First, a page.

• Eddie Sammon 19th Nov '15 - 11:29am

    I largely agree David Gray. The scary thing too is that the anger and fear they make you feel almost turns you into them. However as long as we never target civilians and show some humanity even to our enemies then we will never be them.

    Not to mention have a governing ideology based on violent oppression and doing things such as brutally executing people for being gay.

  • “Emotions are running far too high for sensible decisions about foreign policy to be made”

    I’m not sure that is the case. It would apply during the Paris attacks or for a couple of days after but not now the initial shock has passed.

    The problem is the lack of a coherent long term view. We can’t tell if diplomatic efforts have been in designing one as all the commentary from the politicians is for a short term action. At some point someone will have to upset the other countries in the region and accept that boarders will have to change and several of the neighbours will be very concerned.

    The factors stopping us thinking of what the right solution is not the emotion of the Paris attacks, it is the same ones that existed before that.

    Until we have the longer term strategy we shouldn’t escalate.

  • To me the main questions are , would joining the campaign improve the situation ether on the ground or at home. The evidence suggests the answer to both is not really. It didn’t work in Libya or anywhere else.

  • Helen Tedcastle 19th Nov '15 - 12:55pm

    Good article. More western bombing of Da’esh will simply end up killing more civilians and bring them a propaganda war. I would like to see political leaders of Arab and non-Arab Muslim countries take the initiative to take back the territory and to show the extremists and their supporters that they do not represent Islam.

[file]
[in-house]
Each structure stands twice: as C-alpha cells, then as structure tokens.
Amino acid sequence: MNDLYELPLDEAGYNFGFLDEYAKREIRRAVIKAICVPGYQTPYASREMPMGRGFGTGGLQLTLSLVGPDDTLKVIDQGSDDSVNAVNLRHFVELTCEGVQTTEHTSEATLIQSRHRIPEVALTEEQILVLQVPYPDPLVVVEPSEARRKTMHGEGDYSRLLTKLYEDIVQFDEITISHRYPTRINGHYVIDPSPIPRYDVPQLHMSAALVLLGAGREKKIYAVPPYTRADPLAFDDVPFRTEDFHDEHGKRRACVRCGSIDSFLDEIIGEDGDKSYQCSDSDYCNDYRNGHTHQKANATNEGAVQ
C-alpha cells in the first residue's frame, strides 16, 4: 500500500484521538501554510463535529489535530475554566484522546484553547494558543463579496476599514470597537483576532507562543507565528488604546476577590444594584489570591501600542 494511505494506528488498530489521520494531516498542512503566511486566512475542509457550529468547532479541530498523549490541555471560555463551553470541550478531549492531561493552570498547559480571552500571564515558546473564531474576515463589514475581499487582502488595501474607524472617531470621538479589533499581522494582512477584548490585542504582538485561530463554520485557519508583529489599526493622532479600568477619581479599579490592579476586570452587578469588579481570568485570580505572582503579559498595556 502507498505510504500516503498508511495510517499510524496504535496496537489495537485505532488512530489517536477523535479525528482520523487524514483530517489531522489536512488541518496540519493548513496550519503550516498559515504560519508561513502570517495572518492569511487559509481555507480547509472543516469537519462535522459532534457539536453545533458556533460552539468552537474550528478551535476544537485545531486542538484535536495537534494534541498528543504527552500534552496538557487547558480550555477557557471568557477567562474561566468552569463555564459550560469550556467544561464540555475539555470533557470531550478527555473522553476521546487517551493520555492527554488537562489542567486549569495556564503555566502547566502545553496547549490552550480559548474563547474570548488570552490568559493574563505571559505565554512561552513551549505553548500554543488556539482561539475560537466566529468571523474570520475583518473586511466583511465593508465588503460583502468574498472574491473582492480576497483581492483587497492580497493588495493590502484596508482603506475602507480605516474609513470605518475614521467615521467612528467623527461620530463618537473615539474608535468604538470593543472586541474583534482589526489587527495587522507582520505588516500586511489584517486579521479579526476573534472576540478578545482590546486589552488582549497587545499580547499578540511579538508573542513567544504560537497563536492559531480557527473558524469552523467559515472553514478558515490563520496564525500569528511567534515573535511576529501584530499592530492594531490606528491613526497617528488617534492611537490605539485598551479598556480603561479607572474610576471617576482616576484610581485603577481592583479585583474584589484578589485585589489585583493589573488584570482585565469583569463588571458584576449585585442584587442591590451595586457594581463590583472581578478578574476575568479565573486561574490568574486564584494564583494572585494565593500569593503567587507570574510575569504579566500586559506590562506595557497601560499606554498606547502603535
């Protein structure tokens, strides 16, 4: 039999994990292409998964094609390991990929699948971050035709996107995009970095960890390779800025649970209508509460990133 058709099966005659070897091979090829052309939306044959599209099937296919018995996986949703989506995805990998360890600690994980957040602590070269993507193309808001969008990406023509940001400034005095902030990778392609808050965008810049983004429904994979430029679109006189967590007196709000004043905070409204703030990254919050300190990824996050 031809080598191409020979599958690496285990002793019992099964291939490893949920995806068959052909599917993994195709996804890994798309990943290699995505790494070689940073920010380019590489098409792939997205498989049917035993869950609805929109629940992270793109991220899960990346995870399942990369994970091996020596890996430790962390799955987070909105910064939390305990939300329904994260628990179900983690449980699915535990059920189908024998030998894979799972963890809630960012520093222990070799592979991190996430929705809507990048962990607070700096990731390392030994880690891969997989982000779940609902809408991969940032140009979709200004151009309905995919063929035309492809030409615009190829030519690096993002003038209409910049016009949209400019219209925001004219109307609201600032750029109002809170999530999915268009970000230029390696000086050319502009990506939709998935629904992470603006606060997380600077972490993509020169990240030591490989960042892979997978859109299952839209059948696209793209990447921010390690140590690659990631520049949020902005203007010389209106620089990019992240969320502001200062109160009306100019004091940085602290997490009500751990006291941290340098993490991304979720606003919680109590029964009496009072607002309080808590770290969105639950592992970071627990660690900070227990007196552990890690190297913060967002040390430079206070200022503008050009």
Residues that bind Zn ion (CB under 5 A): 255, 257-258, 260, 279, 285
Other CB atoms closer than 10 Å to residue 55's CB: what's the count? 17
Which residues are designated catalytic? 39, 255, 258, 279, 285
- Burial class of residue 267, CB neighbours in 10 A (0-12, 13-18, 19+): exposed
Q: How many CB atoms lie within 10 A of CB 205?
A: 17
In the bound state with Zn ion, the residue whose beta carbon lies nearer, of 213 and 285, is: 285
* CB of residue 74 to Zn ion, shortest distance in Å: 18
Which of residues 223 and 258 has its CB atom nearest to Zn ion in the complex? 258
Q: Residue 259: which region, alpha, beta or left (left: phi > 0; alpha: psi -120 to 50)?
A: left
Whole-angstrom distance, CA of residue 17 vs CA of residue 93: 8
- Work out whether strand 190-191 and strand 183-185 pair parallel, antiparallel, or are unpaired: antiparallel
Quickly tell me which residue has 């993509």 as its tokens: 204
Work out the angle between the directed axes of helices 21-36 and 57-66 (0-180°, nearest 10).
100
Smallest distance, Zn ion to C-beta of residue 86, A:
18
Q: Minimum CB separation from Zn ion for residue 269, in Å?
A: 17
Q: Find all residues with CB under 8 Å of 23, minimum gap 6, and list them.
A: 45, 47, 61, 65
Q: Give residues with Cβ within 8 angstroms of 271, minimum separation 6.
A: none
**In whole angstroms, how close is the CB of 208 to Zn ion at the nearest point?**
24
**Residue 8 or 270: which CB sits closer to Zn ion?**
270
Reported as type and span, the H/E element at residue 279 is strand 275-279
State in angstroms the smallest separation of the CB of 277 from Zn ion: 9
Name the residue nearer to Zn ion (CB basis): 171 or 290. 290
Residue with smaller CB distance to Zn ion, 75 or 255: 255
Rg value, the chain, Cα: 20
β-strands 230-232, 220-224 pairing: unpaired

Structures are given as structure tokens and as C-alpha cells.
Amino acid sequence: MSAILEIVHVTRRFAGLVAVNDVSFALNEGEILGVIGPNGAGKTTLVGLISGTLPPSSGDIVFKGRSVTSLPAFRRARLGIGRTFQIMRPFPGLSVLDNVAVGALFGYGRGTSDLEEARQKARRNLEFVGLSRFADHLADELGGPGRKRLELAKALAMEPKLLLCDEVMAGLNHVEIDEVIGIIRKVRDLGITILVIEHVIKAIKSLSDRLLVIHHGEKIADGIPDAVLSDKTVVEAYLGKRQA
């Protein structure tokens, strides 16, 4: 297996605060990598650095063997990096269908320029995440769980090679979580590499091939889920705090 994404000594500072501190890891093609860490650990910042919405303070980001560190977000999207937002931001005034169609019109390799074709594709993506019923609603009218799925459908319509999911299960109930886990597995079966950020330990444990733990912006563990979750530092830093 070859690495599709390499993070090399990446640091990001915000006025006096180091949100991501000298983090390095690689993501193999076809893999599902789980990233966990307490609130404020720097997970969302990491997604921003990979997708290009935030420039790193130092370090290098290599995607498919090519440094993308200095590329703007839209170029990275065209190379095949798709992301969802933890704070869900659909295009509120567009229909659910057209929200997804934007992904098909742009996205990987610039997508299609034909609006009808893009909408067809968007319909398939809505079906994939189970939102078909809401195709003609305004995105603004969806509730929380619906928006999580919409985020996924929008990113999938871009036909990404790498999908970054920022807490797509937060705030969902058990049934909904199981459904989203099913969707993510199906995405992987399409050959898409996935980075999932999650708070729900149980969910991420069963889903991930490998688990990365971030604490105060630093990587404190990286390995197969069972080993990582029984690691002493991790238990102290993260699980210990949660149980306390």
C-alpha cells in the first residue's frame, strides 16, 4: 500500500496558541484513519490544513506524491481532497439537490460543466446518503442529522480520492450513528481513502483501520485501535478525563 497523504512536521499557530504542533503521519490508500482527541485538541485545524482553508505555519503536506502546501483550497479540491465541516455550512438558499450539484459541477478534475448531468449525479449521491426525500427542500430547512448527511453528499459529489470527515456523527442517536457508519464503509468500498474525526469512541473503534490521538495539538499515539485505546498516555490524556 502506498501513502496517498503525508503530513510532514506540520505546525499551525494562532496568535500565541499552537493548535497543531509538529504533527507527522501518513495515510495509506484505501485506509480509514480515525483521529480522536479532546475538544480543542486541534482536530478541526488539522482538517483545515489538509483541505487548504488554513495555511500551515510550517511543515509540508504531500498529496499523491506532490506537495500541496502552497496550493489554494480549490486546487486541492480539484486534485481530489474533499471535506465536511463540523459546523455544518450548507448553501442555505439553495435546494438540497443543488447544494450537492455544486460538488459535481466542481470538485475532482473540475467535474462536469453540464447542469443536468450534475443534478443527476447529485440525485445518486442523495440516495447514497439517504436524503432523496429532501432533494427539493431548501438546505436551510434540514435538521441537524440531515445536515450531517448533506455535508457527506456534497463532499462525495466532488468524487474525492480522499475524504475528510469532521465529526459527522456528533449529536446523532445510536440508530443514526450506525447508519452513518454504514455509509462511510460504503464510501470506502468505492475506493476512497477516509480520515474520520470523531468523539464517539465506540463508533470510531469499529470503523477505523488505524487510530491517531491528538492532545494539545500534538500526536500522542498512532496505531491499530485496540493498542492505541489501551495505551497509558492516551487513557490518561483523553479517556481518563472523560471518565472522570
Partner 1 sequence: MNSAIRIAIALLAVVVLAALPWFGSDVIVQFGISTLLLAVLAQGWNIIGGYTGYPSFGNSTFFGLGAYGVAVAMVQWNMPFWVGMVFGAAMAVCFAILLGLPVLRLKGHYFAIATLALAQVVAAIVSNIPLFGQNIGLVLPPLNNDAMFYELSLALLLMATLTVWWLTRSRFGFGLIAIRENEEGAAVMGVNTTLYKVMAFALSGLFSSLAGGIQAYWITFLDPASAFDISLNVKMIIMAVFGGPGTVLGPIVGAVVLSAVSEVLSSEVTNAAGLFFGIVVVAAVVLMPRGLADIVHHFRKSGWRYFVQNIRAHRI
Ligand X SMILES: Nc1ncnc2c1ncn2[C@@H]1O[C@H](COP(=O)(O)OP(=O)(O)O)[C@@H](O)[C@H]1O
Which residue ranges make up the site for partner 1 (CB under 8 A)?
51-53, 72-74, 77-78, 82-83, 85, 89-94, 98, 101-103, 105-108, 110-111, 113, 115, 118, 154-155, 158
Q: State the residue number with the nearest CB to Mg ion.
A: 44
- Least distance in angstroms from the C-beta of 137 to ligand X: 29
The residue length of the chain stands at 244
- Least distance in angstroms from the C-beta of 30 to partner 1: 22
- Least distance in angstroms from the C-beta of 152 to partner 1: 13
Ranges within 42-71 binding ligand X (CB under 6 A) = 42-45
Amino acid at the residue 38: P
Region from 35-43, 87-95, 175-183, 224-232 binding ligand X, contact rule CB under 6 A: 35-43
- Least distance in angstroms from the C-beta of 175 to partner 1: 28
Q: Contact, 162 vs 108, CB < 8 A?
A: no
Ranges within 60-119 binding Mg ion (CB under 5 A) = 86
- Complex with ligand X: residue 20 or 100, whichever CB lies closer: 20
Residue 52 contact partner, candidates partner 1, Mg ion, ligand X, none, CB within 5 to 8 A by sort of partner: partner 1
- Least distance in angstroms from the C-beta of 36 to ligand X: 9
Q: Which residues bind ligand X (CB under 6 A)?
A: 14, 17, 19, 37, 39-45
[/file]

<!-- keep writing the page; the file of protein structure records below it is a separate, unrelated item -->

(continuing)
• We were told that one of the UK’s drones over Syria identified one of the targets the French bombed on Monday. What is the difference beween that and an RAF plane ding the actual bombing as well. We are in alliance and under NATO and the Lisbon Tereaty arrangments we should do all we can to aid and assist by whatever means.
    War has been declared. are the these arguments more about semantics, after all ISIL needs destroying NOW.

  • Theakes,
    No these arguments are not about semantics. They’re about blundering into another military intervention with a very poor record of success over the last 14 years which will kill yet more people, in the middle east , put British lives at greater risk of reprisal attacks and add virtually nothing to an already extensive air campaign by bigger military powers. To be blunt. I think our entire involvement has been utterly useless and it’s time to stop using our military as knee jerk response in the region. If you look at Libya. Afghanistan and Iraq you can see where this is heading. Our efforts have been wasted too many times on ill-formed strategy and on too many disparate allies we can’t really trust to achieve worse than nothing.

  • Helen Tedcastle 19th Nov '15 - 2:09pm

    Correction to my comment at 12:55pm. It should read, ‘ More western bombing of Da’esh will simply end up killing more civilians and bring them a propaganda victory. ‘

  • Well said, David Gray. Time for some calm common sense. It’s very easy to get into a war…. but horribly difficult to get out of it.

  • Sun Tzu famously wrote “know your enemy” yet this most basic of elements is largely missing from the debate. Daesh may be a barbaric death cult but they are also clever with a clear strategy even if most in the West haven’t bothered to think about that.

    The most convincing analysis I have found of their strategy is by Dr Nafeez Ahmed’s. He says they want to destroy what Daesh call the ‘Grey Zone’, the places where people of all faiths and none remain unified on the principles of common humanity.

    He writes, “ ISIS recognizes that it has only marginal support amongst Muslims around the world. The only way it can accelerate recruitment and strengthen its territorial ambitions is twofold: firstly, demonstrating to Islamist jihadist networks that there is now only one credible terror game in town capable of pulling off spectacular terrorist attacks in the heart of the west, and two, by deteriorating conditions of life for Muslims all over the world to draw them into joining or supporting ISIS.

    Both these goals depend on two constructs: the ‘crusader’ civilisation of the ‘kuffar’ (disbelievers) pitted against the authentic ‘Islamic’ utopia of ISIS.”